Several stores ('superherotoystore', 'entertainmentstoreofficial' and others), as well as companies (MacFarlane, Iron Studios), have taken to manufacturing high-end collectables, which are only intended for adult collectors and are often priced way beyond the economic capacities of kids or their parents. These collectables occupy roles similar to home décor. The very idea of collectors as adults who have gone back to buying toys or collectables – whether out of a nostalgic yearning to embrace their past, or for the inherent monetary value of vintage figures – forms a prominent demographic of the market today. All such parameters are encapsulated by the documentary, shot and recorded by the Indian Toy Collectors here. The bias against adults with toys, popularly seen in popular memes, is slowly dissipating or evoking humour in a self-reflexive manner in the very community itself.
As a vessel for human ideas, toys often adhere to social narratives of age and gender. We saw that with Barbie and her use as a symbol for cross-cultural pandering. Such biases are advertised to pander to popular taste instead of rethinking them. Doctor Francesca Ferrando, while talking about the word “human” (Philosophical Posthumanism) refers to the same as a privileged marker often denied to certain groups of people, and how a human way of life is often infused with dualistic biases – toys, in their capitalistic function, often essentially reinforce the ‘Self’/’Other’ binarism that often implicitly denies one class of people the playthings afforded to the other.
Source: https://www.change.org/p/kinder-joy-kinder-joy-blue-for-boys-and-pink-for-girls-bad-idea; colour-coded toys for boys and girls
Professor Blakemore voices her opinion on gender-typed toys – where, to speak typically, boys are relegated to playing with wrestlers and girls with dolls:
“We found that girls’ toys were associated with physical attractiveness, nurturing, and domestic skill, whereas boys’ toys, were rated as violent, competitive, exciting, and somewhat dangerous. The toys rated as most likely to be educational and to develop children’s physical, cognitive, artistic, and other skills were typically categorized as neutral or moderately masculine. We concluded that strongly gender-typed toys appear to be less supportive of optimal development than neutral or moderately gender-typed toys.”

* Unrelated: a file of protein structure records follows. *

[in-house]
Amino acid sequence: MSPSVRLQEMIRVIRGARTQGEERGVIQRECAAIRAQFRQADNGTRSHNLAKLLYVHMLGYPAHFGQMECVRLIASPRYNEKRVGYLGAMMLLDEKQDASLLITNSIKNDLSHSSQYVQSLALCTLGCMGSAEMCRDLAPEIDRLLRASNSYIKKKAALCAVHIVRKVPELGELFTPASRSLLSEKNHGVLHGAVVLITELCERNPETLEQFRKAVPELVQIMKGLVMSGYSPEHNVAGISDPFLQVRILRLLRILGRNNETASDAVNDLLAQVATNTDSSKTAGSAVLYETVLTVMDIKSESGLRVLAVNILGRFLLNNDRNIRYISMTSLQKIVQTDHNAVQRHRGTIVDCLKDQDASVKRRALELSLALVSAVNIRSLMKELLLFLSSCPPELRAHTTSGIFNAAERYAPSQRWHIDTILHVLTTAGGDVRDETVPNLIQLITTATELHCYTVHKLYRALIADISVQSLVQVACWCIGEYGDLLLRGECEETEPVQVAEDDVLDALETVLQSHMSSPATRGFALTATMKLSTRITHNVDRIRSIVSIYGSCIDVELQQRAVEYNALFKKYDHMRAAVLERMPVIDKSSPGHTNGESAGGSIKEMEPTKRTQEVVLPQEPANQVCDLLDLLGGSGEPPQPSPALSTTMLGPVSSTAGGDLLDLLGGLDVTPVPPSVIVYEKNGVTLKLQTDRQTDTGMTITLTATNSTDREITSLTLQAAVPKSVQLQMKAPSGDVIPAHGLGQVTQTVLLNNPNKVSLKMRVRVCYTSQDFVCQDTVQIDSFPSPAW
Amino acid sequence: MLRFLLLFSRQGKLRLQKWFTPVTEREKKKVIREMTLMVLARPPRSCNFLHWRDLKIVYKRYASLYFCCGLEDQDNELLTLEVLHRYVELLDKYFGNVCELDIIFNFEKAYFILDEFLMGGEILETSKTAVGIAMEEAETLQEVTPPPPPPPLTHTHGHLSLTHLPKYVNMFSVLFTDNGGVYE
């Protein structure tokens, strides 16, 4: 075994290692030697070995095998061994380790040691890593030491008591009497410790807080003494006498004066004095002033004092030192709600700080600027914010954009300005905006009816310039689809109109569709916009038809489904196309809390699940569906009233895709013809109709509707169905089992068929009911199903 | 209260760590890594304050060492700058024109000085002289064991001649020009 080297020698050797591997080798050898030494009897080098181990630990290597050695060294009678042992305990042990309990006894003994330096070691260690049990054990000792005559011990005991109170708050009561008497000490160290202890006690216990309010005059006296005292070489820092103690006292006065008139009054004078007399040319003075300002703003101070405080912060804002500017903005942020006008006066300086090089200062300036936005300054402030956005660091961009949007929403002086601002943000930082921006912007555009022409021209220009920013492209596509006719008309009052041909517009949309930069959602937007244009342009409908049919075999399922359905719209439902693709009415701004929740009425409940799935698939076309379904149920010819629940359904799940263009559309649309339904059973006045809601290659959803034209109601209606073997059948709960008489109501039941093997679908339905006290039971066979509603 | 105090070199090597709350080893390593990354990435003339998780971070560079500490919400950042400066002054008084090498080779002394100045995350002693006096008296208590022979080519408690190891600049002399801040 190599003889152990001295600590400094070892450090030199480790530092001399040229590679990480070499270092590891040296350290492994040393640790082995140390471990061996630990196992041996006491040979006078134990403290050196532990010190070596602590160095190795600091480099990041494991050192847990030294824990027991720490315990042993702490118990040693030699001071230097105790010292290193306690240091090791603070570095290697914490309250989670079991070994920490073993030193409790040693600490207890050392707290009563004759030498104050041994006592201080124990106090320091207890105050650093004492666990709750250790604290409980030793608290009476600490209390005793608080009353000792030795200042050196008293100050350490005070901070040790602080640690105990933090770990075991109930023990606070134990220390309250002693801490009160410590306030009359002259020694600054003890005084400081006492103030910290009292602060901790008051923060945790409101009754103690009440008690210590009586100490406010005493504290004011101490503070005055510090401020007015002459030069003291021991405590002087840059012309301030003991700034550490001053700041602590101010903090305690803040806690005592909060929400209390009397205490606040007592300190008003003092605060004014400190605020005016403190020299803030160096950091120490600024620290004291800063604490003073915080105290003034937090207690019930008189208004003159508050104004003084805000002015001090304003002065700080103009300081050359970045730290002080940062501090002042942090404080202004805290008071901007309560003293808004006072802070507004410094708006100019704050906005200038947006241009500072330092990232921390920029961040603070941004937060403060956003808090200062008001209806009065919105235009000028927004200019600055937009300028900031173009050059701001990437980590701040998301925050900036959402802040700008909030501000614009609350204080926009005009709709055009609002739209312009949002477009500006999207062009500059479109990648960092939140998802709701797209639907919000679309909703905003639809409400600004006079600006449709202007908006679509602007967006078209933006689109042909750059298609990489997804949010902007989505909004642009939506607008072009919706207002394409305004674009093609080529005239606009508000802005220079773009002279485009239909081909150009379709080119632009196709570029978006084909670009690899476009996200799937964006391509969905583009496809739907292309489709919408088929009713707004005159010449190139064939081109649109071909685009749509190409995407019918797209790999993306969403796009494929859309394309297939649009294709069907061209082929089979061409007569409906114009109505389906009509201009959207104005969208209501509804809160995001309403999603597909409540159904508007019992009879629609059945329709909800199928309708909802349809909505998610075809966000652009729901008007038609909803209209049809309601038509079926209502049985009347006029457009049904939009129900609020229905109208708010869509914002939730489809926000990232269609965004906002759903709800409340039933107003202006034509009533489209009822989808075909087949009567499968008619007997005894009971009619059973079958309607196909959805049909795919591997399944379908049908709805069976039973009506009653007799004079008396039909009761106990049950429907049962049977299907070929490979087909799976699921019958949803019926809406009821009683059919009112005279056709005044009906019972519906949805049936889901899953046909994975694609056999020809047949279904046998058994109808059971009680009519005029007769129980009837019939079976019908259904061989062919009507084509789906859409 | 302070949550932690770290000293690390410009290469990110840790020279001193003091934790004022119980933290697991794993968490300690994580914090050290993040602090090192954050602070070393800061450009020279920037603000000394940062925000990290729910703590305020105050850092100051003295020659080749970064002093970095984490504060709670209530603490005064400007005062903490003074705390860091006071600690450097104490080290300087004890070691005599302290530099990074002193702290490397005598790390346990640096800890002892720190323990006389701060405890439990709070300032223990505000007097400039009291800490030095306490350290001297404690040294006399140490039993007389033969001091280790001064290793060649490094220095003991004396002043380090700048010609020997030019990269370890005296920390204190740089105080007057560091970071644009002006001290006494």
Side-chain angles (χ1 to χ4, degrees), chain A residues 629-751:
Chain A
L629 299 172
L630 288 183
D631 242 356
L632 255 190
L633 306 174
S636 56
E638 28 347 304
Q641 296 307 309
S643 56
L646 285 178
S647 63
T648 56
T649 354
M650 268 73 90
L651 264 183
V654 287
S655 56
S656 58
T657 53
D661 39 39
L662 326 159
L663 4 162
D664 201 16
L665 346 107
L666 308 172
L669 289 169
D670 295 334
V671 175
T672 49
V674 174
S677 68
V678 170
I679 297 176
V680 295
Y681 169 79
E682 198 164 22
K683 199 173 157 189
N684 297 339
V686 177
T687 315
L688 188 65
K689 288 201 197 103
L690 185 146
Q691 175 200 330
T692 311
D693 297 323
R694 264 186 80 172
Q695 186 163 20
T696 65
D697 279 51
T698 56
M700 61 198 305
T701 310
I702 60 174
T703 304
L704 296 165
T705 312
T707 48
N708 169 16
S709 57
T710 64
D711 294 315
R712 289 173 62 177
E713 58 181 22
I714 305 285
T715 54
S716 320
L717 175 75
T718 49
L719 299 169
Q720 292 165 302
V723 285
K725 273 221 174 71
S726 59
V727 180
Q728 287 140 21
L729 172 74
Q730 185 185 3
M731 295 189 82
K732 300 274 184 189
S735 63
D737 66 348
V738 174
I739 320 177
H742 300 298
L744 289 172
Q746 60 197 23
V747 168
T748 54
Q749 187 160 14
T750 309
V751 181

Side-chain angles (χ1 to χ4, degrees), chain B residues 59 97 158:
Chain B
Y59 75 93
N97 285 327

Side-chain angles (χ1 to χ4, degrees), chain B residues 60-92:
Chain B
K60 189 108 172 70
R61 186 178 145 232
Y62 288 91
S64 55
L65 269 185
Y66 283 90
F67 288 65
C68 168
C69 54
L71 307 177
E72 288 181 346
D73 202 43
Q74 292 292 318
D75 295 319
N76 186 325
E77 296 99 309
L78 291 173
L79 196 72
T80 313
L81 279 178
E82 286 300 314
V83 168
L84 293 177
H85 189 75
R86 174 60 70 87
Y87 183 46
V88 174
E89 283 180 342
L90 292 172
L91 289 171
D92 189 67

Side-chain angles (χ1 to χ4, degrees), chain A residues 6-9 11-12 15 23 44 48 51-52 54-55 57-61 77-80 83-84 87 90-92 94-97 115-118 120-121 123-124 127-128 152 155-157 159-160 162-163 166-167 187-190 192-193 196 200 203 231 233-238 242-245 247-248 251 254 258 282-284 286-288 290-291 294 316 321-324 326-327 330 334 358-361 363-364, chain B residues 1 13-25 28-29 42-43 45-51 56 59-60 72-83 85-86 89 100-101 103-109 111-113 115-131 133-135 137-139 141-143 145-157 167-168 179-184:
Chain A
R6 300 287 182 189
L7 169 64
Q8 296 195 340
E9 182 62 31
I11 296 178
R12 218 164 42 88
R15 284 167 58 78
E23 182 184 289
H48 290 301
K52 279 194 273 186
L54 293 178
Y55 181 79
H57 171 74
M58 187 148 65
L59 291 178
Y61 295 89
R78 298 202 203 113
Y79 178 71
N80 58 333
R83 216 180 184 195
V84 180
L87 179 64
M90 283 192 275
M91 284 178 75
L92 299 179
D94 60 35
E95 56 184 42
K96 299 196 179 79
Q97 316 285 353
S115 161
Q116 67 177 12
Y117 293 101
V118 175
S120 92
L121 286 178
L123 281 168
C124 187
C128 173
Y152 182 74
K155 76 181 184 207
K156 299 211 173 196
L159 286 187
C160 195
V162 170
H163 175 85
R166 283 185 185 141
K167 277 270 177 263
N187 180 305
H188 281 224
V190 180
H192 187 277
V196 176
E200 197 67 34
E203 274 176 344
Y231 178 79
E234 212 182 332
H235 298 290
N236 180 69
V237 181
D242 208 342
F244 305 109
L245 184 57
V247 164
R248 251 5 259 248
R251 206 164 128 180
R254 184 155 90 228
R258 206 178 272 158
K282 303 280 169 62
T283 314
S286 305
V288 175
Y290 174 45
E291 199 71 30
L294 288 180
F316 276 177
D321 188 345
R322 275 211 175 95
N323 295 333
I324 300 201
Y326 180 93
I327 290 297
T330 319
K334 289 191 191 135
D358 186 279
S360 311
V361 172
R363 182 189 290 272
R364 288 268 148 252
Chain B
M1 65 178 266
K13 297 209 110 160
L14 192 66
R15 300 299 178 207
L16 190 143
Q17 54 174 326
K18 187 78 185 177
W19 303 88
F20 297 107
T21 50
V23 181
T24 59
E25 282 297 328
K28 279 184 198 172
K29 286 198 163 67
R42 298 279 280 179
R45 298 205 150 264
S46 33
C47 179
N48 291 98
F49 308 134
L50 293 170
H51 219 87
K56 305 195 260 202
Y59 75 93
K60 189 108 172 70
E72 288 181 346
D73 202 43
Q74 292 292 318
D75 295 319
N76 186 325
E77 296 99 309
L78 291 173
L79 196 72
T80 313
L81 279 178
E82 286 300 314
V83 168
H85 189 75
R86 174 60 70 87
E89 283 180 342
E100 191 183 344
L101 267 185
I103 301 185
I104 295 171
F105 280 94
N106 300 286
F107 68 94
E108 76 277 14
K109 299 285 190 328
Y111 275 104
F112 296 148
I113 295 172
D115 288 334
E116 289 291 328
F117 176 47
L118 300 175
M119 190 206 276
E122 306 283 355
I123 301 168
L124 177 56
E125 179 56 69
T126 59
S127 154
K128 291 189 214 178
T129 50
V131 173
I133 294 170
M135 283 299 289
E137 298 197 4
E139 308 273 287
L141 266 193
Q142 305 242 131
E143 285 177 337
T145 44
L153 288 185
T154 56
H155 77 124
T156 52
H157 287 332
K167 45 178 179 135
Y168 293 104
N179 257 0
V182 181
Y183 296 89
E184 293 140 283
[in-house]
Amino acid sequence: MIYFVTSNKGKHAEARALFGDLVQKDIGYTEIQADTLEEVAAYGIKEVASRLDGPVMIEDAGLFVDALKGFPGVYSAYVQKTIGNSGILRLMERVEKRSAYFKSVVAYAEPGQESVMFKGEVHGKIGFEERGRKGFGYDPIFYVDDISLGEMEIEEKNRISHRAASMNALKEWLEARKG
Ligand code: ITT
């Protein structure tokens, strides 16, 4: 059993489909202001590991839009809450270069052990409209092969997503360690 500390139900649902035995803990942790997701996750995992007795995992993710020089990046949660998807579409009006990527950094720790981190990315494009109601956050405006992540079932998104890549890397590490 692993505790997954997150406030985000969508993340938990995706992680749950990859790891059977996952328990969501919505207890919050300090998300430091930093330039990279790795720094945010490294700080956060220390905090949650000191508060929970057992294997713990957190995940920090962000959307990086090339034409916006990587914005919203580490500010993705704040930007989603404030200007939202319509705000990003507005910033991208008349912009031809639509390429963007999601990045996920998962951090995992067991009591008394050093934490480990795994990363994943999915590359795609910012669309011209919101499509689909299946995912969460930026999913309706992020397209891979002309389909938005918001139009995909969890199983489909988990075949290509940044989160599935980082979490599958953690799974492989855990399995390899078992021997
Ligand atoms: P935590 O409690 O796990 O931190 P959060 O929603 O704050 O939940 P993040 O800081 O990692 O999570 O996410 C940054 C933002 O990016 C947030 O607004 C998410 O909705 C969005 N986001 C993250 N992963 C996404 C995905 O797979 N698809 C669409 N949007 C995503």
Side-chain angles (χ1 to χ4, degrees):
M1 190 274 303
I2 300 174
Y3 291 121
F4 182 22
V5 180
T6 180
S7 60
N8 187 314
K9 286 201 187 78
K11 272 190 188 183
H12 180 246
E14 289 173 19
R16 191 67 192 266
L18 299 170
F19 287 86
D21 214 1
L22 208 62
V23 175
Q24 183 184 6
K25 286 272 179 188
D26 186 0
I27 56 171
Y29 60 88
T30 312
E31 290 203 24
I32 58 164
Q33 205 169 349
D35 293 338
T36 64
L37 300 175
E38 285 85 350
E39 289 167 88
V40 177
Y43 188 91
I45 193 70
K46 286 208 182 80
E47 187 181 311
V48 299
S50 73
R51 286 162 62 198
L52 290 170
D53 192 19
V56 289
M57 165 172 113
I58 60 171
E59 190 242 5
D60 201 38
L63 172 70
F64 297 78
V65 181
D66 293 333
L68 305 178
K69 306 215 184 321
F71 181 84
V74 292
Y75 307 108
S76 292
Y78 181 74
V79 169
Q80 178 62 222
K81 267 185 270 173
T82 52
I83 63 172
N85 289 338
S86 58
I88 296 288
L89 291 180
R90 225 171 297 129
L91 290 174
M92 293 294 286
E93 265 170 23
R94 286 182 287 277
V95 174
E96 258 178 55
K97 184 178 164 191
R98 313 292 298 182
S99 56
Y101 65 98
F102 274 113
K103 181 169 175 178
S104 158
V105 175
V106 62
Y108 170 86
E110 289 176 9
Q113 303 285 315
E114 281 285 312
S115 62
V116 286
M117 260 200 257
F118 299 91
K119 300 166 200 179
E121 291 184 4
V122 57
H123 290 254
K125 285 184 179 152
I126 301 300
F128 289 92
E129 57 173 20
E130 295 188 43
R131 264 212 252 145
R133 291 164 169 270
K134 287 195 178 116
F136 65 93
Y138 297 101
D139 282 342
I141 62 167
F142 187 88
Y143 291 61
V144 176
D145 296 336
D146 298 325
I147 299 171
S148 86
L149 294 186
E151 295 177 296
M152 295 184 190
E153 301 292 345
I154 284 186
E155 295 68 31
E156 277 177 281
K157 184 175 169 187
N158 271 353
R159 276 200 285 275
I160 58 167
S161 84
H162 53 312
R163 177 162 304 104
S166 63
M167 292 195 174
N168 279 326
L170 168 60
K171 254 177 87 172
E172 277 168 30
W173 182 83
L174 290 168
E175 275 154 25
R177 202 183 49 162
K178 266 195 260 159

Notwithstanding the division that rarely takes into account the self-ascribed aspect of gender, such forced segregations veer dangerously into the territory of enforcing gender-based and gender-biased expectations from an early age. For example, the very aforementioned argument regarding Barbie’s perpetration of harmful bodily stereotypes may have originated in such an emphasis on idealistic expectations of the body as portrayed through “girl’s toys”. Similarly, Blakemore adds, “the emphasis on violence and aggression (weapons, fighting, and aggression) might be less than desirable in the long run” for boys. These distinctions are constructed through advertisements promoting the sale of army figures, vehicles, kitchen sets, Barbie dolls and everything in between.
Such gender dichotomies are also evident in the several toys, which exist to promote sales of their franchises. Multi-media franchises like Pokémon, Star Wars, Jurassic Park, Marvel Comics, Teenage Mutant Ninja Turtles operate with different licenses, trademarks and copyrights which cater to their different fandoms. For example, the Jurassic Park ‘toyline’ had been going strong since the 1990s, with each new film creating new waves of toys, using the same or different moulds, poses and paint schemes. Such toys adorn the shelves of many a collector, with the race for collecting resulting in prices soaring sky-high on eBay. Collecting is often associated with the rights of ownership, with fond associations of memory – perfectly encapsulated by the image below.
Source: One of my earliest memes that I had made, over at my profile at https://www.instagram.com/dinotoy.comics/
Such visits to the theatre involve two different kinds of purchases, one for use during playtime, and the other perhaps for indulging in memories of said playtime. Franchise toys, especially long-running franchises, are often vessels for fond memories. Toys often push the sales of other items such as MacDonald Happy Meals, one of my own personal favourites. I had failed to obtain one sold in collaboration with the release of the third Ice Age film (https://www.youtube.com/watch?v=ibX7pmKEWhc) and had cried to my folks for ages!